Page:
Re: The Future of Strongtalk

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Gilad Bracha

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Oct 27, 2006, 7:36:45 PM10/27/06
to strongtal...@googlegroups.com
Adding to what Dave said:

JVMs are currently very, very poorly suited to running dynamic languages.

A. The verifier is in the way: your byte code must statically type
check. You cannot realistically compile Smalltalk (or Ruby, Python)
directly to such code. A lot of cleverness and complexity needs to be
done (cf. IronPython on .Net) but you still don't reach really high
performance. One can turn off verification and open the VM up to all
sorts of security risks, but then you can never be sure if your code
will run on a given installation - it depend son their settings.

B. Worse, the JVM has very limited suport for modifying code on the
fly (hotswapping).

The effect of these two items is that you are pretty much forced to
write your own interpreter and pay the penalty in performance and
complexity dancing around these limitations.

JSR292 is an initiative I started to address these problems. I hope it
will continue in my absence, but it will be some years until it comes
to fruition (if ever). It is frankly much harder to add support for
these features to a JVM then to stabilize Strongtalk.

There are additional issues.

C. No built in support for closures. Strongtalk does a pretty amazing
job on optimizing closures, and that won't happen on a JVM.

D. Mixins. If you want good support for the various multiple
inheritance schemes other languages have, it's pretty hard to do that
on a JVM, and there are no plans so far to deal with that. Ruby mixins
are very close to Strongtalk mixins; mixins are a good general purpose
primitive for supporting a wide variety of inheritance semantics.

E. Footprint and startup. JVMs make big bloated clients that start up
slowly. This may not be the JVM's fault. Mostly, it's the bloat in the
Java platform. But disentangling these things has eluded a lot of
people so far.

Strongtalk is a vastly superior basis for dynamically typed languages.
I realy hope the community gets it to the point where it's ready for
prime time.
--
Cheers, Gilad

azgolfer

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Oct 28, 2006, 12:43:06 AM10/28/06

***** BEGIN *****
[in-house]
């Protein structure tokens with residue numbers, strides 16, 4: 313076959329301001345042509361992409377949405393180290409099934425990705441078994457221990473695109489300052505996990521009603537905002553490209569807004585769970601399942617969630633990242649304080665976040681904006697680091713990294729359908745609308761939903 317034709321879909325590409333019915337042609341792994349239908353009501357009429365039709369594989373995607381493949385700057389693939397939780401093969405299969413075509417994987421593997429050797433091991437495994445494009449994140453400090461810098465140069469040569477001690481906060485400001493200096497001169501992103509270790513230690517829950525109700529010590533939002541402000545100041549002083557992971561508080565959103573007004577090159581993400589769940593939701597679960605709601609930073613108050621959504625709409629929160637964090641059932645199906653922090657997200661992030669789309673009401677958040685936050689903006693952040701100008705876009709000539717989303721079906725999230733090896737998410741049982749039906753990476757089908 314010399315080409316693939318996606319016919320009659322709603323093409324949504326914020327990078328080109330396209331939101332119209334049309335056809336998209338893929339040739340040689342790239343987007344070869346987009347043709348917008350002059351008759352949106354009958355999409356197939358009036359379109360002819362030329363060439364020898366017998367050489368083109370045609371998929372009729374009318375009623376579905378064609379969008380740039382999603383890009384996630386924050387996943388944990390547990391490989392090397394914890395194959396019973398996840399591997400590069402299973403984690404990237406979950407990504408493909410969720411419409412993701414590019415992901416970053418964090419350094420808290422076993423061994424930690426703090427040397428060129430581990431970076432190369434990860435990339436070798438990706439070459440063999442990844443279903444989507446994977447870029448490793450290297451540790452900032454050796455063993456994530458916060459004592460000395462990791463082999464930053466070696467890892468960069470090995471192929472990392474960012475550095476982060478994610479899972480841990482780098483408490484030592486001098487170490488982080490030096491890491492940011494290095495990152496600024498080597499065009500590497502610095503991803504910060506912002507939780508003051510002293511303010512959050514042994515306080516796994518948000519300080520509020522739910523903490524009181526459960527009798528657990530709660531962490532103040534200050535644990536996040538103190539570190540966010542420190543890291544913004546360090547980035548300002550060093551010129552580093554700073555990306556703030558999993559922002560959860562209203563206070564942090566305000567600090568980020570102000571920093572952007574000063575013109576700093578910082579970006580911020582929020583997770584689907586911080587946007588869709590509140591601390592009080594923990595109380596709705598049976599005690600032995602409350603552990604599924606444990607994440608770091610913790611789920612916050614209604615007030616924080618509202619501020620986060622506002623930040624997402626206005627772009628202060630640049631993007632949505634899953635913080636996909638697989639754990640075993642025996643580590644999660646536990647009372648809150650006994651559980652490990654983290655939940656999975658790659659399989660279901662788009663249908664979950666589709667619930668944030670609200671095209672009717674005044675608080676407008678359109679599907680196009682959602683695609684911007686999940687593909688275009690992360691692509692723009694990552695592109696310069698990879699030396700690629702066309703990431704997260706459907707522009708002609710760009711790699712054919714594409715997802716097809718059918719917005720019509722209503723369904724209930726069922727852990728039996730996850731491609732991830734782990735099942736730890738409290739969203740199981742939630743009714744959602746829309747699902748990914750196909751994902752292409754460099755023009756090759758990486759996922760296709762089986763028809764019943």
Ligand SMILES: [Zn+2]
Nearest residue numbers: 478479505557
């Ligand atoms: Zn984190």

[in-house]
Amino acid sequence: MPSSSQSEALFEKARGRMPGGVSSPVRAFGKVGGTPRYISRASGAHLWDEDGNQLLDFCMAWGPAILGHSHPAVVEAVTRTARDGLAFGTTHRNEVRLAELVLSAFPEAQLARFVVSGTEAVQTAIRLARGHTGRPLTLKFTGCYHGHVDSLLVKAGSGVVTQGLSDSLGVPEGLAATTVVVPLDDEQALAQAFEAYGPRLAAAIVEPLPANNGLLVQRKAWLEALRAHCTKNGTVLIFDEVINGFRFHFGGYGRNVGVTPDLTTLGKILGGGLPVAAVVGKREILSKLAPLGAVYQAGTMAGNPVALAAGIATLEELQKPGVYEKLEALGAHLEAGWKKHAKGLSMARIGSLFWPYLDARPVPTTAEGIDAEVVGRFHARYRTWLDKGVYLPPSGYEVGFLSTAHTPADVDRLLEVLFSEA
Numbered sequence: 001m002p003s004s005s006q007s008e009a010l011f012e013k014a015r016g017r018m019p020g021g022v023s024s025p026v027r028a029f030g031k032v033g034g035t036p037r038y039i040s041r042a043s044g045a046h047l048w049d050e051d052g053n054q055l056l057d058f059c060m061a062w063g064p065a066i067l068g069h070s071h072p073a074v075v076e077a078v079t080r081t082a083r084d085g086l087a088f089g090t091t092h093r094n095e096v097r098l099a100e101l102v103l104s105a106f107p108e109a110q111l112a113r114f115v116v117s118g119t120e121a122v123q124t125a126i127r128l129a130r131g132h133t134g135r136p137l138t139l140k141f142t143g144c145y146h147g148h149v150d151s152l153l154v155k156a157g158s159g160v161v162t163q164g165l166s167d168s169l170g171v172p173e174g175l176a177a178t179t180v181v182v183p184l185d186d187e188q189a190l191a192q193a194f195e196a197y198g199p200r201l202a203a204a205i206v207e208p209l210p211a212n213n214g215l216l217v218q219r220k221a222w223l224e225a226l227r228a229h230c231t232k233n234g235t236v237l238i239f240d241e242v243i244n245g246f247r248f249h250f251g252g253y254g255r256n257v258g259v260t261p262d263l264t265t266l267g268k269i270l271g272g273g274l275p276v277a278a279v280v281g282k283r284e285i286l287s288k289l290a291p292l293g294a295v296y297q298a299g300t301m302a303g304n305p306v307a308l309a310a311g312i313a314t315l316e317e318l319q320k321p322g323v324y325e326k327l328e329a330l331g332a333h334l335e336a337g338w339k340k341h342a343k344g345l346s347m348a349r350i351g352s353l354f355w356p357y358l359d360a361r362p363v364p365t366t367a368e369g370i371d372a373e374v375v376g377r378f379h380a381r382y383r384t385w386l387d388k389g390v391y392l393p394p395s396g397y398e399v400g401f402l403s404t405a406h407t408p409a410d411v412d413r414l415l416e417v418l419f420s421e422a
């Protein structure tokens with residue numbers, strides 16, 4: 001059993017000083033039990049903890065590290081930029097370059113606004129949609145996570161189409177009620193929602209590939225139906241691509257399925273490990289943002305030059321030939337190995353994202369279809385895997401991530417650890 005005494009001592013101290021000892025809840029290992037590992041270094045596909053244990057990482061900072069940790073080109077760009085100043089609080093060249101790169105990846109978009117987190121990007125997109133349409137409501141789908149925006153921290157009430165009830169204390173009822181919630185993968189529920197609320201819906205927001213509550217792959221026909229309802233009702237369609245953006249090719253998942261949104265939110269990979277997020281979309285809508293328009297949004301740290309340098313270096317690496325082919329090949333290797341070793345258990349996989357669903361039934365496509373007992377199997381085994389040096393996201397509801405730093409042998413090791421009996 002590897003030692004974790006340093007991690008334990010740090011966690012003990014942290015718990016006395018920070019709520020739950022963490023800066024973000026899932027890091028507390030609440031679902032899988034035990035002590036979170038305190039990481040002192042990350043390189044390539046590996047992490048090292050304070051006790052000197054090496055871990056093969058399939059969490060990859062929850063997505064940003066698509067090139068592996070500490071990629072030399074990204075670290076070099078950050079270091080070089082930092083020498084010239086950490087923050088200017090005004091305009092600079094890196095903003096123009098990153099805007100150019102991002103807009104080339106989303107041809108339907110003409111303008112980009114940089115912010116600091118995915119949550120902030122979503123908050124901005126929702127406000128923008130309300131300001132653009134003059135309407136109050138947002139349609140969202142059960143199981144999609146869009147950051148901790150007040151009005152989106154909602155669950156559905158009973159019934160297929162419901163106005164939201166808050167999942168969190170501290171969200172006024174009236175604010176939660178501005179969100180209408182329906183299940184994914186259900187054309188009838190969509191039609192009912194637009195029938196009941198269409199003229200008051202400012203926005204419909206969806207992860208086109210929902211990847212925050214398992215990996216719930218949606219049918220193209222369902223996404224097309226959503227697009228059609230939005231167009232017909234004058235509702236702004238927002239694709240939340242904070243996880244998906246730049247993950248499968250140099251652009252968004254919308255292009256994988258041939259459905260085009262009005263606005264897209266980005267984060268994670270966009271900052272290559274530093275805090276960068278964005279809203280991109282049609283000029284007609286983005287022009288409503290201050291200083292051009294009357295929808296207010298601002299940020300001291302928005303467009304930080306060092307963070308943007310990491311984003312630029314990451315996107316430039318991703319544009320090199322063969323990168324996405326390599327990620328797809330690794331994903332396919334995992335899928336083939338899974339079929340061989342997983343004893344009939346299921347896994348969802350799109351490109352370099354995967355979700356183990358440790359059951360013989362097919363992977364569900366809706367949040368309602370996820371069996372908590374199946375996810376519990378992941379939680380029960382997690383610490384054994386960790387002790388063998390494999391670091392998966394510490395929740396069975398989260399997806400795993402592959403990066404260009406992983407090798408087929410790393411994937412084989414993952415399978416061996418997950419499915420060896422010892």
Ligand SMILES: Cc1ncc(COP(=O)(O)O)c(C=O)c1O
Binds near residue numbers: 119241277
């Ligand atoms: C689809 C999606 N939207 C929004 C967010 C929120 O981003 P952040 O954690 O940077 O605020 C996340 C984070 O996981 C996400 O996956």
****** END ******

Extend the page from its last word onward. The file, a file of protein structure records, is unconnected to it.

to Strongtalk-general

Gilad Bracha wrote:
> Adding to what Dave said:
>
> JVMs are currently very, very poorly suited to running dynamic languages.
>
> A. The verifier is in the way: your byte code must statically type
> check. You cannot realistically compile Smalltalk (or Ruby, Python)
> directly to such code. A lot of cleverness and complexity needs to be
> done (cf. IronPython on .Net) but you still don't reach really high
> performance. One can turn off verification and open the VM up to all
> sorts of security risks, but then you can never be sure if your code
> will run on a given installation - it depend son their settings.
>

Couldn't you use type inference to create interfaces for all the
dynamic types ? I think you said this was 'brittle' in some
presentation I read but I wasn't sure why. Couldn't the compiler just
create say Interface Set, Interface Dictionary implements Set, etc..
for Collections ?

David Griswold

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Oct 28, 2006, 6:58:22 AM10/28/06
to strongtal...@googlegroups.com

First of all, the relationships between the "interfaces" in dynamic
languages often don't follow subtyping relationships, so you would have to
do a dynamic cast at every nearly every point that such an interface was
used, which would be extremely slow.

Secondly, inference is based on the *use* of the interfaces, not just on the
definitions, so anytime you use an object in a new way, existing inferred
interface relationships could change, requiring global analysis and
recompilation of arbitrarily large parts of the code in the system.

And thirdly, inference isn't nearly powerful enough to model all the things
that people might do in dynamic languages. Anytime the inference algorithm
falls short, your dynamic code would not compile, so to the programmer it
would appear that the compiler/system would arbitrarily reject code that
ought to work according to the fully dynamic language semantics, so the
inference algorithm, which is purely an implementation detail, could never
be fully encapsulated, and would limit the language semantics in
hard-to-understand ways.

For example, an inference algorithm might reasonably conclude that + for
integers and + used for string concatenation in some language aren't really
the same operation, but some new piece of weird code could always use + in
some limited way that would work for both kinds of objects, so the
inference mechanism would have to be able construct some common interface
just for that strange use.

The problems are demonstrated even in the examples you mentioned: the
Dictionary interface *ISN'T* a subtype of the Set interface, even if
Dictionary is implemented by inheritance from Set in most Smalltalks
(example: for Dictionaries, #do: iterates over the elements associated with
the keys, not the associations themselves, and #add: takes an association,
not an element, whereas for Sets both #do: and #add: use the elements, not
associations), so you couldn't generate typesafe interfaces in Java unless
all arguments and return values were just specified as Object and cast
*everywhere* they were used.

-Dave


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